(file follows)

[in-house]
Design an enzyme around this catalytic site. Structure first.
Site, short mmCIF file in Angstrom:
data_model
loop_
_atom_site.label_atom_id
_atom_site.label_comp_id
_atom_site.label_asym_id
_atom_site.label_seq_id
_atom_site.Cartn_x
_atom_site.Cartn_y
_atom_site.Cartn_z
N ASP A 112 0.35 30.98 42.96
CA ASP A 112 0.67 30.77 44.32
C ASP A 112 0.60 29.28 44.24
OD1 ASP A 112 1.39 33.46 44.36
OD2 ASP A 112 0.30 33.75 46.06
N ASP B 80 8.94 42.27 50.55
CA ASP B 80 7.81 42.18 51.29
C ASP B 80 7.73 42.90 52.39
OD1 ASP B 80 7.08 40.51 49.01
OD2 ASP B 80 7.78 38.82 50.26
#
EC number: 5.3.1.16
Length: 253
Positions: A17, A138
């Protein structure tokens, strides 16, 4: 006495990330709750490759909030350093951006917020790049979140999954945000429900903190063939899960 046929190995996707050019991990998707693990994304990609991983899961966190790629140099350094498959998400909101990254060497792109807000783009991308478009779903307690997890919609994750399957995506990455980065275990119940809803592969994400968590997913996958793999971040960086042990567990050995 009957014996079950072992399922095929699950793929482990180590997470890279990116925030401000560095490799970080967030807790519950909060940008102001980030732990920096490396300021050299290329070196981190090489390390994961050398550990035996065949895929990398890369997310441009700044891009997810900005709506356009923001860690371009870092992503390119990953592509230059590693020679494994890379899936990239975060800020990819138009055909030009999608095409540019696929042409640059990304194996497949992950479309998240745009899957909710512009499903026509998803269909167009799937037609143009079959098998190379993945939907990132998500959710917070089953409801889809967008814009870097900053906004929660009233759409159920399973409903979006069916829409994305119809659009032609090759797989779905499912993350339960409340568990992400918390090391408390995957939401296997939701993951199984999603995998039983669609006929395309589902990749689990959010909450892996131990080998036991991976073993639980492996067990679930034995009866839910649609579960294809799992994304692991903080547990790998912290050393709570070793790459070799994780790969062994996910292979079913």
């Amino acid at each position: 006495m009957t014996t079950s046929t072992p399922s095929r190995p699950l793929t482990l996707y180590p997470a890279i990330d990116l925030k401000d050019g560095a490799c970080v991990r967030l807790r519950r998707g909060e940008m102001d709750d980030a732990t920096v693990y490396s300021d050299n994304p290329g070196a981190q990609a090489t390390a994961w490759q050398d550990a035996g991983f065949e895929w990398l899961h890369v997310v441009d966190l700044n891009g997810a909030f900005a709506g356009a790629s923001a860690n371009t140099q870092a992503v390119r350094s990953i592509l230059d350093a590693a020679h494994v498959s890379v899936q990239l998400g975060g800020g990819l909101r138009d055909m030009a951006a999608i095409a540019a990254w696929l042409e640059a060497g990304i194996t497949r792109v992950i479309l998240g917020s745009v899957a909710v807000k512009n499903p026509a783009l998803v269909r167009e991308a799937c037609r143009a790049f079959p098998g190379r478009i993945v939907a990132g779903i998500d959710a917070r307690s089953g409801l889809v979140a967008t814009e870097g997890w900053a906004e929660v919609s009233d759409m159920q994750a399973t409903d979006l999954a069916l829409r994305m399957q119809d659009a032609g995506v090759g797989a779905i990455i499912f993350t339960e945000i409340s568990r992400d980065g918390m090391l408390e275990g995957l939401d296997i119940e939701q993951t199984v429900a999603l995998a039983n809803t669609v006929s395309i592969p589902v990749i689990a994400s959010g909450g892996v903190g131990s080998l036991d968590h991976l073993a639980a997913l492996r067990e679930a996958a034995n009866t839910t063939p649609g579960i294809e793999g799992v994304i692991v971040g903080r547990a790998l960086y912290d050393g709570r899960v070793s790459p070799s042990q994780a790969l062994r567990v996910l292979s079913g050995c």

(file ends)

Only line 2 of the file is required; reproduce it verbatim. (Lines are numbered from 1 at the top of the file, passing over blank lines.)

Design an enzyme around this catalytic site. Structure first.